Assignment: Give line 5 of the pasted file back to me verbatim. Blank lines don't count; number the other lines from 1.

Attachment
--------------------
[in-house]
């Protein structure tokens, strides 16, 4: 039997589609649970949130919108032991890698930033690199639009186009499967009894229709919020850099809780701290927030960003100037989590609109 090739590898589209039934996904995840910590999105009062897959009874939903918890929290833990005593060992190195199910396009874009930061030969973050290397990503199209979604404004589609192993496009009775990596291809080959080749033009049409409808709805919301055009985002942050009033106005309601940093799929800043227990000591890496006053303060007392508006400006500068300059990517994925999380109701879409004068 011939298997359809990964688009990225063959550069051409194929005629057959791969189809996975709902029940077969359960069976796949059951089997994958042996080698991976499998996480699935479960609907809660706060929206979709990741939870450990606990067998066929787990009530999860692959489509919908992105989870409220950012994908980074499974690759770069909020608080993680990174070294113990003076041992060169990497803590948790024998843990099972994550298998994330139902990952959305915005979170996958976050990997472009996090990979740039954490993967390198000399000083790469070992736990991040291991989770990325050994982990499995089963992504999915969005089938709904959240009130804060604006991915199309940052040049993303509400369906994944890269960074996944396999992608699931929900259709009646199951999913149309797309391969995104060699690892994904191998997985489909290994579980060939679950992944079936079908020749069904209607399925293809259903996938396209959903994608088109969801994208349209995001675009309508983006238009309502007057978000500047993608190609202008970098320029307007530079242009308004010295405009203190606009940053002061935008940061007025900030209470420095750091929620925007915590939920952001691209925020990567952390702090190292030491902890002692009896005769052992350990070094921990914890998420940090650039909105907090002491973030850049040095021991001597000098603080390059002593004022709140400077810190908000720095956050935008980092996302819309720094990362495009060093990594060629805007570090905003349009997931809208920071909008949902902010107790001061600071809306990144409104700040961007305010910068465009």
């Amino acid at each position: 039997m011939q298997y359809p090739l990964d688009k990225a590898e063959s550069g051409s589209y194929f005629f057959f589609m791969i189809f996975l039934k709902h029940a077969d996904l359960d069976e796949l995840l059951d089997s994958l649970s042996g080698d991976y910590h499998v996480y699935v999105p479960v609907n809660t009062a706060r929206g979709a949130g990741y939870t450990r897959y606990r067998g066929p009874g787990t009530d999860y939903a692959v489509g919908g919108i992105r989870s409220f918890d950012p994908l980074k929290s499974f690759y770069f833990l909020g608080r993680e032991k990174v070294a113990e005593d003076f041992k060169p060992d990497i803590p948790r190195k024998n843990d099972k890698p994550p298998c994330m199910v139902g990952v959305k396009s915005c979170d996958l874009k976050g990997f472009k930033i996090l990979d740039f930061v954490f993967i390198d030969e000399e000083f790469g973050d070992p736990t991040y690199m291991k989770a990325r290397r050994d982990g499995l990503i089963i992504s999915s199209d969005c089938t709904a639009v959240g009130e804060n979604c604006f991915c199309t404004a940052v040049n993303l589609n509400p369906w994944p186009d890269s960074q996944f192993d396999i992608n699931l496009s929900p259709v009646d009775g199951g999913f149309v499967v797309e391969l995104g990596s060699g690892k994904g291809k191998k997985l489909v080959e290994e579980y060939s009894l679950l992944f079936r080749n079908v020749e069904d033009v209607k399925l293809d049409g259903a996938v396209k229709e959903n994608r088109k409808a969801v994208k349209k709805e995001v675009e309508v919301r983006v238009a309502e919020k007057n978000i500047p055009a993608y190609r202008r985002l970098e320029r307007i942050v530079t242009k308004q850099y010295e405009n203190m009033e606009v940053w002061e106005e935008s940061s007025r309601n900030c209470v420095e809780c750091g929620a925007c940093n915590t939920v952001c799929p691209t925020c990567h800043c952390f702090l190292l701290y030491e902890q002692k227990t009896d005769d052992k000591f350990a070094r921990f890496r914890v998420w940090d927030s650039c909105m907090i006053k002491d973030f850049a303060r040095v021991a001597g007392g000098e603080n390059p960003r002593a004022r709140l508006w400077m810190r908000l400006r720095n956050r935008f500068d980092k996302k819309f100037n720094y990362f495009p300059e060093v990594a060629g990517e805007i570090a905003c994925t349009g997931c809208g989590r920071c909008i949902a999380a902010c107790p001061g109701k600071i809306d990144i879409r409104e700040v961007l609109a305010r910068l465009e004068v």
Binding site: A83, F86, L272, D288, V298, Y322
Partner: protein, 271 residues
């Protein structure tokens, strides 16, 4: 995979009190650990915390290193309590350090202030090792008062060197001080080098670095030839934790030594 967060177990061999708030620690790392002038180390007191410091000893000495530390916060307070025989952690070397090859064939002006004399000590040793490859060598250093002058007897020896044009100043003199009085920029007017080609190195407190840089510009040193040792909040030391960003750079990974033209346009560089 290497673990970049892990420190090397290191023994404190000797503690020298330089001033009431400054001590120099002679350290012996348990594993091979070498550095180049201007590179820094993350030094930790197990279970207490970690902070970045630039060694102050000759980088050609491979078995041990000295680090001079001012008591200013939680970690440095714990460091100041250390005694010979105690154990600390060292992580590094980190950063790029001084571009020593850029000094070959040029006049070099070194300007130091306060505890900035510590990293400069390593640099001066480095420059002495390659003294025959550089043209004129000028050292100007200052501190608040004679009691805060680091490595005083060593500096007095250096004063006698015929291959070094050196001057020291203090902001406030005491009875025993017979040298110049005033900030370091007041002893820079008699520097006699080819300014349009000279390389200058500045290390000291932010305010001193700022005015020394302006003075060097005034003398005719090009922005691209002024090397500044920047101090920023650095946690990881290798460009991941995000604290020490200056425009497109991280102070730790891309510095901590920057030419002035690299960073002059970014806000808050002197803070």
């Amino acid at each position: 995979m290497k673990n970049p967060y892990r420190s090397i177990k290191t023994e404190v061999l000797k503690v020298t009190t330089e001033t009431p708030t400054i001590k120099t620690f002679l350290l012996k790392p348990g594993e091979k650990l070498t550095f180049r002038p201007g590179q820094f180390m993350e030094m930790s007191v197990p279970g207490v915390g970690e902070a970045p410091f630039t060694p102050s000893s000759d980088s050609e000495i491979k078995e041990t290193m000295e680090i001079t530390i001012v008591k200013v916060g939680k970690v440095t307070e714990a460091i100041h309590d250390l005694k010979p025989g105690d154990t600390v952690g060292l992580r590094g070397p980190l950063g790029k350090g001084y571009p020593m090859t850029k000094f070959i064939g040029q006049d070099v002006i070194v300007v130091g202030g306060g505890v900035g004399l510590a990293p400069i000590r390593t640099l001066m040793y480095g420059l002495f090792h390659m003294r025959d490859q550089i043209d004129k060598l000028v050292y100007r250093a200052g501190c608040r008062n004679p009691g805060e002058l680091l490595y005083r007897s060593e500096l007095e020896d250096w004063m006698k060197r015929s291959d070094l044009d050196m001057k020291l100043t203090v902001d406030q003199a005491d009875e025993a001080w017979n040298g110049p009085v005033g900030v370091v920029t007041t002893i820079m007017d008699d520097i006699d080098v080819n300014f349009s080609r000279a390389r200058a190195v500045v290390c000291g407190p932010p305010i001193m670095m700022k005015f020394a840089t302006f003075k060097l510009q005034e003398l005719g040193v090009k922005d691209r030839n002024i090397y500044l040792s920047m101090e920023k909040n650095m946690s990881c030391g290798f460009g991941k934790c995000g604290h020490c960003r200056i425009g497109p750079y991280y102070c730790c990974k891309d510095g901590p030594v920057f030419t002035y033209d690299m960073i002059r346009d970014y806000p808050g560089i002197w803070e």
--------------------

Partner: protein, 271 residues